Crazy in Love, Even at 40

As PittGirl approaches her 40th birthday, she rekindles her love for Pittsburgh.



 

I’m turning 40 this month. Not to make this column all about me, but . . . WAH. I wish I could tell you I’m one of those women who embrace 40. They love it and say, “Forty is the new 25” — or some other lie — as they pluck gray hairs from their hairlines and chins.

I’m no longer a “young professional.” Considering I generally show up to meetings 10 minutes late, in jeans and with Dunkin’ Donuts receipts and half-empty Combos bags spilling out of my purse, I tend to use the term “professional” loosely anyway.

I no longer qualify for the 40 Under 40 awards.

I’m 10 years from having the Nielsen ratings system give up on me because it thinks I’ll watch only “60 Minutes” and “Wheel of Fortune” before I polish off a glass of Ensure and head to bed.

I am officially middle-aged. Mid-life. Half-death.

I no longer can gush about the new hottie on the Pirates, Penguins or Steelers teams without sounding like a cradle-robbing cougar. I’d rather be labeled anything than that. Even a “tunnel-braker.”

I now have two churches. The new one is the wrinkle-cream aisle at Target. The Sunday-paper circular is my Bible, and Olay is my god.

Perhaps worst of all, I’ll have to check off the “40s” box in the age section of my other church’s weekly communicator card. It will be the hardest pen stroke I’ve made since I signed in for my first mammogram.

But as with every roller coaster that sends you screaming into a terrifying abyss, there’s an upside, too: Turning 40 changes how you see Pittsburgh and what you value about it.

When I fell in love with the city, I was 29. My love was focused on the external. It was summed up as, “Look at this beautiful skyline, these yellow bridges over these sparkling waters, these stadiums, these inclines, this fountain. Don’t you wish you lived here, too?”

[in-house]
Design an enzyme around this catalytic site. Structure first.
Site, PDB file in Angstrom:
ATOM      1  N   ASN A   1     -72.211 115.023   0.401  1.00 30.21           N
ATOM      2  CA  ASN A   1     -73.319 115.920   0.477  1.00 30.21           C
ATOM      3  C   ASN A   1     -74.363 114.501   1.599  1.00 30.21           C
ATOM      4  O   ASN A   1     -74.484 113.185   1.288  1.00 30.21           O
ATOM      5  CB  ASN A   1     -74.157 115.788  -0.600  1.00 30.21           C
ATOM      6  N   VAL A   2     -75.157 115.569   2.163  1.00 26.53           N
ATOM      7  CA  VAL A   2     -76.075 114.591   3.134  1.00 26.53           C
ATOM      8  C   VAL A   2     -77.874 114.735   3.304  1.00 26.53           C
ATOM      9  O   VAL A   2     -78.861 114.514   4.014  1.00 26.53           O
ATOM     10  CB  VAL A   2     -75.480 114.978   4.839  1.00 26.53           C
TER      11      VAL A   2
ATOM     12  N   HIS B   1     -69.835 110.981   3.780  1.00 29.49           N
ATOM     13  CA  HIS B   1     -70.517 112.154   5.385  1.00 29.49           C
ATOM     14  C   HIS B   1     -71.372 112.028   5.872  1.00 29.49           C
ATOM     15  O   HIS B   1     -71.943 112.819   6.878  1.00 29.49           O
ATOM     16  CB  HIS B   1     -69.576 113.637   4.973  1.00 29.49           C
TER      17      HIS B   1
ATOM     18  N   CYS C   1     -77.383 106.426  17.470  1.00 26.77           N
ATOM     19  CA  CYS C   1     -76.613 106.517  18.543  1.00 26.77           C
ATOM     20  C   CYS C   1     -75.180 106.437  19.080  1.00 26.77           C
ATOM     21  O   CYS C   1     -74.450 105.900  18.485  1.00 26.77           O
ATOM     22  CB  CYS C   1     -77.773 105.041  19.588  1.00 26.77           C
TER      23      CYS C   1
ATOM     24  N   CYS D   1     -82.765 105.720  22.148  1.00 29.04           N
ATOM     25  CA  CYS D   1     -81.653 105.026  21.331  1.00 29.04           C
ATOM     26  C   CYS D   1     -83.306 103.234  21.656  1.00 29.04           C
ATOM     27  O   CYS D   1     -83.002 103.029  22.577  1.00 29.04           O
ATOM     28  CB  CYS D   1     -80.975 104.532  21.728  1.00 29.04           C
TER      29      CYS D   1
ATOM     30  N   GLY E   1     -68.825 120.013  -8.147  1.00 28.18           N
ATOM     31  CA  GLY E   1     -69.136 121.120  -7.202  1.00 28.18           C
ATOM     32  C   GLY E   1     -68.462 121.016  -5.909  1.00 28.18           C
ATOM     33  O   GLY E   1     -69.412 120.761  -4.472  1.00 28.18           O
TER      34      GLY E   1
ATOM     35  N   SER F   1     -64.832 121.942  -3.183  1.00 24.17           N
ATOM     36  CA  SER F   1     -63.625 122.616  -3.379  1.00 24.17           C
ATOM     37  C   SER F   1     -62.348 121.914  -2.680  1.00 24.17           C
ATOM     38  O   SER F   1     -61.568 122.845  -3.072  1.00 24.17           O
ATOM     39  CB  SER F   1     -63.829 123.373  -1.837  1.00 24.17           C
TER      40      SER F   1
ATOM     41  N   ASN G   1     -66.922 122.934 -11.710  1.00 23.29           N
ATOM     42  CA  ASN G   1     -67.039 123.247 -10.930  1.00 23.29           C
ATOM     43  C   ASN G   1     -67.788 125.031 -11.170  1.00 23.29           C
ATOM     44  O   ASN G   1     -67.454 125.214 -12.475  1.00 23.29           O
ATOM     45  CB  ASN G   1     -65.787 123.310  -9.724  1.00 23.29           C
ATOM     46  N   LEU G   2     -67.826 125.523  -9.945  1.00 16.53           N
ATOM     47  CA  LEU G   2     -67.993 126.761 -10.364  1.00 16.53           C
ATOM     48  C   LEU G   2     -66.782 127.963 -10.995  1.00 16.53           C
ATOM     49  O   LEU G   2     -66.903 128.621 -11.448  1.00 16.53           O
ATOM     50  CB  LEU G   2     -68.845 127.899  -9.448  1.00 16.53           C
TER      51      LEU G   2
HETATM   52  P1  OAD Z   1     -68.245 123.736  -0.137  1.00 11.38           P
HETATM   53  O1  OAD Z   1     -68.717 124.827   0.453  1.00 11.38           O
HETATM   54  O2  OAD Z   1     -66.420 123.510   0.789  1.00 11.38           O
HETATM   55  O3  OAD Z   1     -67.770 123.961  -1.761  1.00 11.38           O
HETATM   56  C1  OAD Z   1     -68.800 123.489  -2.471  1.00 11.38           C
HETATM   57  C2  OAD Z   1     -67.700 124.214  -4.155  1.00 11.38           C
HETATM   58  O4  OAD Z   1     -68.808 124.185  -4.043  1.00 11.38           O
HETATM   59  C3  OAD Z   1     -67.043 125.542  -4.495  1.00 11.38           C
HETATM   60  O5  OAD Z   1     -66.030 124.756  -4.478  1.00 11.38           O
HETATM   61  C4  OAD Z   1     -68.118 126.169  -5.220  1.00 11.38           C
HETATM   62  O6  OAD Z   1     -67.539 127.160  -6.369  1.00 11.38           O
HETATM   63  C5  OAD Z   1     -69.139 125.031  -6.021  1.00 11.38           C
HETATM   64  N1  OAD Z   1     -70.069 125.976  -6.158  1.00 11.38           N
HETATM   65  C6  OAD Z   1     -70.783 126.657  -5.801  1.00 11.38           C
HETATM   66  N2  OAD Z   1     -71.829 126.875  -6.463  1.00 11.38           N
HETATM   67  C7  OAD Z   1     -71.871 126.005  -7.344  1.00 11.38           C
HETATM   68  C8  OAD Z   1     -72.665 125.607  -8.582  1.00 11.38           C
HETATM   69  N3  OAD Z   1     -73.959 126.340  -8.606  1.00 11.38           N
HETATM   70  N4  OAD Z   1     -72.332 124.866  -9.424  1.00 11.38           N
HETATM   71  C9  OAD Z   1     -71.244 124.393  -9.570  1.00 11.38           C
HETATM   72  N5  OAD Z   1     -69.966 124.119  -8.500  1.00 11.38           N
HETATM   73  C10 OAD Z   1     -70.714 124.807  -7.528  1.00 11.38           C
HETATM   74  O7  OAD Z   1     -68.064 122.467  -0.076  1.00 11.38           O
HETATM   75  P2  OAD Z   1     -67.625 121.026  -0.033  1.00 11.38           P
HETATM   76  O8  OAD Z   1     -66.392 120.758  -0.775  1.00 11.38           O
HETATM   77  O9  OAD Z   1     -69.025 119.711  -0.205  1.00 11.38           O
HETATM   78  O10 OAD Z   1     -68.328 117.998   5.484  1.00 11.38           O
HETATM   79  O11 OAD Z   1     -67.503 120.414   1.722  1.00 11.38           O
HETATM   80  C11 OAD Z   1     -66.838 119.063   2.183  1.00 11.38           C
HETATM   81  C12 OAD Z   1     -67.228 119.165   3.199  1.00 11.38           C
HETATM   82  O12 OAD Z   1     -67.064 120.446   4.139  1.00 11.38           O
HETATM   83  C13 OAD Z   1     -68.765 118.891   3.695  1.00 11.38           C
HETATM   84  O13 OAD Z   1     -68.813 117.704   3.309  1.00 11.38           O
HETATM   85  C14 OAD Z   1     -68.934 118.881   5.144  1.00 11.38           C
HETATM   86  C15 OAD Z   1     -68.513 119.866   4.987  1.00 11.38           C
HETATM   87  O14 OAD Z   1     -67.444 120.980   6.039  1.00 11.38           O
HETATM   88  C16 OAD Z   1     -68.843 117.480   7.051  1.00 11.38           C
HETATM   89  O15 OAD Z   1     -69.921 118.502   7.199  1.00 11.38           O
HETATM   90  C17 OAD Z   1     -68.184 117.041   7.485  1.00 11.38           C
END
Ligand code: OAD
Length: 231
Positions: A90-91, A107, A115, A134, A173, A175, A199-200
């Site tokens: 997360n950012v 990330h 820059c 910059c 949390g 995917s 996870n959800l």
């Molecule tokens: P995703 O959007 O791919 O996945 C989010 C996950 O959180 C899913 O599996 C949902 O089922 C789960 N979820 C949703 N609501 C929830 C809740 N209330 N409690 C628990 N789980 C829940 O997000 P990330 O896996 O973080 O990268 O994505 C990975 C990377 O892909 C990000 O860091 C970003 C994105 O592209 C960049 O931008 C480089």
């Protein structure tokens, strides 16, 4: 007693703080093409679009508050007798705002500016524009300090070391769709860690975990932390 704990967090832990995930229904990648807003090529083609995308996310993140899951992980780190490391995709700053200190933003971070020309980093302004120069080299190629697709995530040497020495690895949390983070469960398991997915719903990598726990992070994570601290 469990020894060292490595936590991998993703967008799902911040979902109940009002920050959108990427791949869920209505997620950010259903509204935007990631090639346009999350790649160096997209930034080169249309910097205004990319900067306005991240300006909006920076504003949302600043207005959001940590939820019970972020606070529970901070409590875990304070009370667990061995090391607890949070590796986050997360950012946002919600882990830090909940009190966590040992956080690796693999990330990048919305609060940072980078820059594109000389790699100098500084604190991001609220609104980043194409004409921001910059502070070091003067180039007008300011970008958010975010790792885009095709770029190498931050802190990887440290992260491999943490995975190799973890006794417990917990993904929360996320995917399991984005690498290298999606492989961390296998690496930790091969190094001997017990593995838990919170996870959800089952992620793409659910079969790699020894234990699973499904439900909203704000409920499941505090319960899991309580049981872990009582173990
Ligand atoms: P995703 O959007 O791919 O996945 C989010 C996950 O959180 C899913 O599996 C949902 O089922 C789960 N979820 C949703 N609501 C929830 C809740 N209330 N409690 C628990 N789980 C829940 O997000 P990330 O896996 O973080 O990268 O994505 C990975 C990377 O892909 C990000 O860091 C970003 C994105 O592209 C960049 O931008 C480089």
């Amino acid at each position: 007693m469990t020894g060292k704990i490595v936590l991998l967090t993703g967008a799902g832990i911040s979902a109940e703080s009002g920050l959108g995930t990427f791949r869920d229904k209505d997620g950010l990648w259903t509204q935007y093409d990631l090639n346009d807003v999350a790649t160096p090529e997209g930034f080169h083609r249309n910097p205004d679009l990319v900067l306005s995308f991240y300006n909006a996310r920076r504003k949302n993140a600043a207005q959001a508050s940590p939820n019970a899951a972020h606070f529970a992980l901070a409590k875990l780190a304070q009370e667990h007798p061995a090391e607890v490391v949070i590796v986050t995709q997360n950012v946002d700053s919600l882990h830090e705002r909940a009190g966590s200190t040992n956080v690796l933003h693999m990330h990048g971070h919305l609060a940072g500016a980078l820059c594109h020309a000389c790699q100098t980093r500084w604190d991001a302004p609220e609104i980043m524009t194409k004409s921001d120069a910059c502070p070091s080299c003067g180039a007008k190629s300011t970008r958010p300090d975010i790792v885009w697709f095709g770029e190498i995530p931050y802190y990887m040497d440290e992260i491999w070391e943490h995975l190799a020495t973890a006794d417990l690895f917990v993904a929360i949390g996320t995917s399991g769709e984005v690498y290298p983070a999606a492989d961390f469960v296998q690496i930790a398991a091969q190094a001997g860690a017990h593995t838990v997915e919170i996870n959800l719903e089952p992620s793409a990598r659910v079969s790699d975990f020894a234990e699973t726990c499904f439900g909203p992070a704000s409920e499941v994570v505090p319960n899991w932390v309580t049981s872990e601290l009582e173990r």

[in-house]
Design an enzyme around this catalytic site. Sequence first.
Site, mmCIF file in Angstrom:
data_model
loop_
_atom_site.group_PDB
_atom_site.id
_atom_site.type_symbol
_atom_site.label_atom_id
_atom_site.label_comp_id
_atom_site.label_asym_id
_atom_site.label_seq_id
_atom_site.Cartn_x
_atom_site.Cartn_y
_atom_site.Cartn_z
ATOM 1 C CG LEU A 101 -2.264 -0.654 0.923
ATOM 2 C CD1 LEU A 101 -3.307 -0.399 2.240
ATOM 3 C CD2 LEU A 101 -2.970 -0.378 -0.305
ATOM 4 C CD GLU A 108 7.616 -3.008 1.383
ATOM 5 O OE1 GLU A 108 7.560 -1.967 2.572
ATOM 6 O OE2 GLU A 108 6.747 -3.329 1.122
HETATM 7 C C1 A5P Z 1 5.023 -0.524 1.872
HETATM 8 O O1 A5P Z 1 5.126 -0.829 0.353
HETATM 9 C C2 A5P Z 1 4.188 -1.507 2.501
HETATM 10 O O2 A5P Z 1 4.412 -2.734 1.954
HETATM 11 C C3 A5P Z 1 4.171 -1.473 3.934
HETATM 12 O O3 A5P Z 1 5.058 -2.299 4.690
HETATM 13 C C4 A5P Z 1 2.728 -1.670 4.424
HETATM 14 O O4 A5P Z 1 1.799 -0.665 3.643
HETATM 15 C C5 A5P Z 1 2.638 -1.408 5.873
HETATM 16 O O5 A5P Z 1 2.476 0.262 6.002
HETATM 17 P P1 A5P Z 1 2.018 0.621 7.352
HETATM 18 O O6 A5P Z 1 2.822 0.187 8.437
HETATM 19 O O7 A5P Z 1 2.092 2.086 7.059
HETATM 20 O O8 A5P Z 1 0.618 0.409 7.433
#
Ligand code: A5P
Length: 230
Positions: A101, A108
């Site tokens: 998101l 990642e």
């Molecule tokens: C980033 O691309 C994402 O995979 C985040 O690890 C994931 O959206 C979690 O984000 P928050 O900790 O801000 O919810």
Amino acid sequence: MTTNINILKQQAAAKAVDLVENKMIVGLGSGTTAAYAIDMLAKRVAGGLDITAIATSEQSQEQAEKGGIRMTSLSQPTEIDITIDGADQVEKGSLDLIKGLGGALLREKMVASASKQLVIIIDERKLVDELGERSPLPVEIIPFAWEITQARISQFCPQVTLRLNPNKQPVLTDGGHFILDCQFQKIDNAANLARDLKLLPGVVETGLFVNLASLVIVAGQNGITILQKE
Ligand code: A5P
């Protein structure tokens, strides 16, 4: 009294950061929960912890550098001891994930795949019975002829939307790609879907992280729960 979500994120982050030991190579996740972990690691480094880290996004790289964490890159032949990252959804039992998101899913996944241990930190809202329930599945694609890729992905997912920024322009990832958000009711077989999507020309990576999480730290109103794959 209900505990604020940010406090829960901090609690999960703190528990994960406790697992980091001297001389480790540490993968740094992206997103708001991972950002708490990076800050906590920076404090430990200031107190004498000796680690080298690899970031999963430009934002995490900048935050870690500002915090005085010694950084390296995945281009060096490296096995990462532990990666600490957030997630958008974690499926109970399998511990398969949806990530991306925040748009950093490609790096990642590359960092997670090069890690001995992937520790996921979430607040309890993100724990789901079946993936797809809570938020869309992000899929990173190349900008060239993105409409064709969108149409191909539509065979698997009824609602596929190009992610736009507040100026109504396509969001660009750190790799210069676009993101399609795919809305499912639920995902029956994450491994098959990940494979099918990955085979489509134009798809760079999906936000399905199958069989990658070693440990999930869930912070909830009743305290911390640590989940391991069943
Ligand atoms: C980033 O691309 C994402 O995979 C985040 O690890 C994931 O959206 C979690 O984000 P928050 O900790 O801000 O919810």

As I approach 40, I’ve pulled back the curtain to find the true depth of what Pittsburgh means to me, beyond its superficial beauty, and found a more meaningful love for the Steel City. 

It’s a love for Pittsburgh’s realness, particularly in its people. One of my sisters now lives in Richmond, Va., and she once mentioned she couldn’t wait to visit home because she was fed up with how fake everyone is in her town. They’re wearing makeup to the bus stop. They’ve crafted façades of perfect lives. They live to impress.

Regardless of residing down South, my sister still is Pittsburgh because my white-collar father raised us with a blue-collar core, as many Pittsburgh dads did. The only way she’s wearing makeup to the bus stop is if there’s a 99 percent chance Brad Pitt will be there.

As a general rule, Pittsburgh’s people aren’t awestruck with your “impressive” self. They don’t care if you look like a million bucks or three cents. They’ll gauge you by your manners more than your Manolos. I love that. I love that we are who we are, and we’re not apologizing for it or trying to cover it up. We’re just . . . Yinz.

Beyond that realness, I love that Pittsburgh is small and thriving. It’s growing but not outgrowing its britches; that means it feels like a friendly community more than a bustling city.

Together, we’ve watched a wilted flower rise up to the sun, thanks to a little TLC. When you’ve helped to take care of something like that, you want to pass it on to your kids so that they’ll grow to treasure it, too. Despite its flaws, Pittsburgh has become a cherished heirloom for me to pass down.

It’s something I can show my kids from Mount Washington and say, “For deeper reasons than you’re seeing right now, I love this city. I’ll teach you to love it because it’s real, it’s honest, it’s worthy — and you can make a difference here. So you’ll take care of it and make it even better when it’s your turn.”

The skyline, rivers, bridges, inclines and stadiums are just the icing on that birthday cake . . . topped with 40 candles.

Praise the ’Burgh, and pass the bag of Werthers. 


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